The Duke of Uranium John Barnes  
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Fifteen hundred years in the future: after seven wars with the alien Rubahy, after settlement upon settlement and resettlement of every piece of dirt available, after every imaginable religious and political upheaval. Mars has been terraformed for a thousand years, glaciers cover Europe, central Africa is Earth's breadbasket, some space freighters have twentieth-generation crews. More people live in space than on Earth. And no one has found a way around the light-speed limit; the human race is still confined to one solar system, though now we share it with the Rubahy.

Six thousand human nations, ranging from the mighty Hive to puny tribes of a few thousand. Hundreds of zybots, secret conspiracies to reshape all of human history. Thousands of sovereign economic monopolies ranging from powerful the powerful Duchy of Uranium to the tiny Barony of Paper Clips. The complex faith of the Wager, with its hundreds of variants and heresies. A world of unimaginable complexity.

Into this world steps Jak Jinnaka, eighteen years old, a handsome intelligent natural athlete with secrets unknown even to himself in his past, and one thing on his mind: "Dude, where's the party?"

Then thugs kidnap Jak's girlfriend, beating Jak and his friends to a pulp, Jak's kindly old uncle turns out to be a spymaster, Jak is suddenly on a secret mission — and then the weird parts begin to happen. Looks like he found the party ....

The Merchants of Souls John Barnes  
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The sequel to A Million Open Doors and Earth Made of Glass

Special agent Giraut Leones, betrayed by his superior and closest friend, swore he would never work for the Office of Special Projects again—but now he must. A new movement on Earth seeks to use the recorded personalities of the dead as helpless virtual reality playthings, and to the worlds of the Thousand Cultures—where the reborn are accepted as normal citizens—it—it's a monstrous crime. If Giraut cannot stop Earth from ratifying its plans, the tenuous structure of interstellar human civilization will collapse.

Complicating matters, Giraut's brain now hosts a second consciousness-the revived mind of his long-dead friend Raimbaut. Together, Giraut and Raimbaut must confront their shared past while struggling with a deadly present.

In the Hall of the Martian King John Barnes  
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A Martian monarch has taken possession of a priceless relic: the lifelog diary of the mysterious messiah who founded the Wager, the religion that forms the basis of all interstellar society. The Hive Intel conglomerate wants the lifelog and hires Jak to get it. It's a simple job, until other spies-including Ambassador Dujuv, Uncle Sib, and Jak's evil ex-girlfriend-arrive on Mars and turn the assignment into a wild ride of mind control, murder, and looming interplanetary war. For the lifelog contains a devastating secret that can overturn the status quo of whole worlds-a secret that Hive Intel will suppress at all costs. In the past, Jak has completed missions by betraying his friends. Now in order to succeed, Jak Jinnaka must betray the entire human race...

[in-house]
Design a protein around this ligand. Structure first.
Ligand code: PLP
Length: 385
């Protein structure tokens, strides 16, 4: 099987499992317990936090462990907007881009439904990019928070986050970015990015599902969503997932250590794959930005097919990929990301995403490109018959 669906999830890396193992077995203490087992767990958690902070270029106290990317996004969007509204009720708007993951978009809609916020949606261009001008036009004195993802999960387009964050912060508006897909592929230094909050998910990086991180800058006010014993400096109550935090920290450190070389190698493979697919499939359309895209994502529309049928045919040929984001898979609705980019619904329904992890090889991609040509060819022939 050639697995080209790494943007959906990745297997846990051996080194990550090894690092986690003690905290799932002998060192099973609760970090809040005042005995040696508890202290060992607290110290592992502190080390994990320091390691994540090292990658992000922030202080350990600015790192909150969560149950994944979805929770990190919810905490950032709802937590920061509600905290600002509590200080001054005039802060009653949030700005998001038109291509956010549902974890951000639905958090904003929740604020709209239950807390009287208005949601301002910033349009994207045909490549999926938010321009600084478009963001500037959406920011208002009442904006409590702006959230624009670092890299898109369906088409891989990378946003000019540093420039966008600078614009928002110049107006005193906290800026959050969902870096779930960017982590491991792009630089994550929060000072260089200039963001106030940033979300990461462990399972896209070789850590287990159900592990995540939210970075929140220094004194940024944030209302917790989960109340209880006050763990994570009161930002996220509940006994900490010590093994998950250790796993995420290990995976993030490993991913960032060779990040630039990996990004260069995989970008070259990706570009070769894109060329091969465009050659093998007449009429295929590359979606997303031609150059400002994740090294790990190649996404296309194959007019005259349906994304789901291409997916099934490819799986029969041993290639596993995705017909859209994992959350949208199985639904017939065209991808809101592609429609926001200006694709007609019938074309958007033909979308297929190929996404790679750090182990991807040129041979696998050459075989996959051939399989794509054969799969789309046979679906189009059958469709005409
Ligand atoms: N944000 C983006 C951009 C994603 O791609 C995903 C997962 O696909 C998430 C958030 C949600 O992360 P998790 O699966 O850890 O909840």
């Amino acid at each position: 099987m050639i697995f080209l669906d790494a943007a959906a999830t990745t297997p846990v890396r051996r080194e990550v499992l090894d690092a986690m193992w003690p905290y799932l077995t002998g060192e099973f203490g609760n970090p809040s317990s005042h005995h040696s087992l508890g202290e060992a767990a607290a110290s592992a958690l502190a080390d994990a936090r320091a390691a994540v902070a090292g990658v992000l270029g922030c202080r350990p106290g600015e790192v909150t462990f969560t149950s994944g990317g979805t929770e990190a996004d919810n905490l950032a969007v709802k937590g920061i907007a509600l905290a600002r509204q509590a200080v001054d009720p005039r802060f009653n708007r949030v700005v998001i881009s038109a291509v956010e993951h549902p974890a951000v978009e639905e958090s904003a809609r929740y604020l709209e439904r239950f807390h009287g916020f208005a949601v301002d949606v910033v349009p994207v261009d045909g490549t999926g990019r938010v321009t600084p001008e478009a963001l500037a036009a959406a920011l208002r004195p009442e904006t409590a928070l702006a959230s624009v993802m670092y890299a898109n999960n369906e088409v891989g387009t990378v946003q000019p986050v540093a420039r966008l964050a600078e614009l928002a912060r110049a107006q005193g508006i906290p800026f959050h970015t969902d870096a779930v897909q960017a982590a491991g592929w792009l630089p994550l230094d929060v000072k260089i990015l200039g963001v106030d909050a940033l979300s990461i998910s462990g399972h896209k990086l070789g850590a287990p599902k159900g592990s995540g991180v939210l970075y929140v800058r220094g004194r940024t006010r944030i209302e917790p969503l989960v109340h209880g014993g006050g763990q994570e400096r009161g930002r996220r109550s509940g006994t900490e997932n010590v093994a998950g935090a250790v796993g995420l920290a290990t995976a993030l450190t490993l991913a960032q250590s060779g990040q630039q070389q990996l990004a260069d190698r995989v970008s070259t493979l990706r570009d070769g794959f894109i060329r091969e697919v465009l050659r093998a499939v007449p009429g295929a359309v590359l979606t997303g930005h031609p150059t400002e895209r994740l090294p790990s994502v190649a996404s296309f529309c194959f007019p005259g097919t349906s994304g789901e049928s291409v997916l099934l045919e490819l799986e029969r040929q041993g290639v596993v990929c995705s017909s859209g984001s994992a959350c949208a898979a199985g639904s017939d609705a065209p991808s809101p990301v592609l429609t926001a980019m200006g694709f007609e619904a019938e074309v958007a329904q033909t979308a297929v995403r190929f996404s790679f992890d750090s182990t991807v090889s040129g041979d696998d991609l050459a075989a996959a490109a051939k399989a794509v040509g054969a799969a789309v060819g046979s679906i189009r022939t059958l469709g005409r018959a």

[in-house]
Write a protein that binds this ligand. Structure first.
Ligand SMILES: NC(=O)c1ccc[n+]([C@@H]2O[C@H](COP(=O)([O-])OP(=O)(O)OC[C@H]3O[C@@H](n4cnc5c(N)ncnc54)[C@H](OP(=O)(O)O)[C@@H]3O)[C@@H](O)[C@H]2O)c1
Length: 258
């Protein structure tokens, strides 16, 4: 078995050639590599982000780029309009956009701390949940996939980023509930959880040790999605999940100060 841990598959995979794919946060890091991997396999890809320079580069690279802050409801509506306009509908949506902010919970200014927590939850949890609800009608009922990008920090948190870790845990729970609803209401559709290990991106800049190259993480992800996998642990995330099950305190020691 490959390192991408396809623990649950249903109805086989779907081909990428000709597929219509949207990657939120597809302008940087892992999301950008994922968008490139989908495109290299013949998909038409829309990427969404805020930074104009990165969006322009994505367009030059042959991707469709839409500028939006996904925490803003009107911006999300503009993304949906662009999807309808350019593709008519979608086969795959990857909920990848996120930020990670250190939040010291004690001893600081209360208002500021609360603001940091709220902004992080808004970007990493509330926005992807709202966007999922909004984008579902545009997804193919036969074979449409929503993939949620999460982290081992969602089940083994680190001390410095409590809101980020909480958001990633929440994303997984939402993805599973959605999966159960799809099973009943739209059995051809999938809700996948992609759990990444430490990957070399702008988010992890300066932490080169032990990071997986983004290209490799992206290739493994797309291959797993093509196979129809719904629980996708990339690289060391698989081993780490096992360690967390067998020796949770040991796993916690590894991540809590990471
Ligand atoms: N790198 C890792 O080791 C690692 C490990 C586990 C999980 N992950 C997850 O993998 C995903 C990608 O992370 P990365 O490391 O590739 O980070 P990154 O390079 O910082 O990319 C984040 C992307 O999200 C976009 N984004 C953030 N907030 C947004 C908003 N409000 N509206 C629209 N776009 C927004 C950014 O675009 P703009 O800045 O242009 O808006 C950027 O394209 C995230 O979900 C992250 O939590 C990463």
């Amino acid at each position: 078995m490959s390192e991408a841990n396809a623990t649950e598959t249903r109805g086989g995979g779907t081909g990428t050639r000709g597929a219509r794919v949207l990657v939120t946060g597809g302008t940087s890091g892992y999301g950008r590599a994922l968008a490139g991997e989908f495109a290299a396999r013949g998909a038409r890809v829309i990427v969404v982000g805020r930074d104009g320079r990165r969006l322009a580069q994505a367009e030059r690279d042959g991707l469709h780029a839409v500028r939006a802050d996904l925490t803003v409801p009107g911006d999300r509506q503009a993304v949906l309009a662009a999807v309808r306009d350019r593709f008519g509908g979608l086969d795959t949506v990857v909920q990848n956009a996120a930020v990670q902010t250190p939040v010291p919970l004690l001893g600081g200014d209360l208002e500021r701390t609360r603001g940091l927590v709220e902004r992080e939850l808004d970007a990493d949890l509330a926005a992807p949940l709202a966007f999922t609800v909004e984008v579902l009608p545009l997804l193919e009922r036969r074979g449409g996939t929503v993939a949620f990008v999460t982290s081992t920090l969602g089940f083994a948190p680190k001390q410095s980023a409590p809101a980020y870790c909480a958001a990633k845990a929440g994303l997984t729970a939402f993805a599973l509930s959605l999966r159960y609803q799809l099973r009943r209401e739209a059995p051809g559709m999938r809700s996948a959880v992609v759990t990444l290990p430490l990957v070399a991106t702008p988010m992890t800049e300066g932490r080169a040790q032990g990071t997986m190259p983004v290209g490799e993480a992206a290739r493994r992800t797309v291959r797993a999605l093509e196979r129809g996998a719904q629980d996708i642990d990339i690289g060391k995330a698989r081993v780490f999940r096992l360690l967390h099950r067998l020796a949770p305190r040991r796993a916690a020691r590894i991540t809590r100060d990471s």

The Armies of Memory John Barnes  
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Giraut Leones, special agent for the Thousand Cultures’ shadowy Office of Special Plans, is turning fifty—and someone is trying to kill him.

Giraut’s had a long career; the number of entities that might want him dead is effectively limitless. But recently Giraut was approached by the Lost Legion, an Occitan underground linked to an alliance of illegally human-settled worlds beyond the frontier. Also, it turns out that the Lost Legion colony has a "psypyx" —a consciousness-recording—of Shan, onetime boss of the Office of Special Plans. If they have that, they have literally thousands of devastating secrets.

Now, returning to his native Nou Occitan, Giraut will encounter violence and treachery from human and artificial consciousnesses alike. As bigotry and mob violence erupt throughout the rapidly destabilizing interstellar situation, Giraut will be called on the make the ultimate sacrifice, for the sake of civilization itself

Raft Stephen Baxter  
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Timelike Infinity Stephen Baxter  
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Pursued by the Qax and their great, sentient ships, a band of rebels escapes into the past, where they find allies from fifteen hundred years ago.

Anti-Ice Stephen Baxter  
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Discovering a new element, Anti-Ice, a mysterious substance that unleashes vast energies when warmed, a millionaire industrialist dreams of power from an item that promises world peace—or world destruction.

The Time Ships Stephen Baxter  
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What if the time machine from H.G. Wells' classic novel of the same name had fallen into government hands? That's the question that led Stephen Baxter to create this modern-day sequel, which combines a basic Wellsian premise with a Baxteresque universe-spanning epic. The Time Traveller, driven by his failure to save Weena from the Morlocks, sets off again for the future. But this time the future has changed, altered by the very tale of the Traveller's previous journey.

Ring Stephen Baxter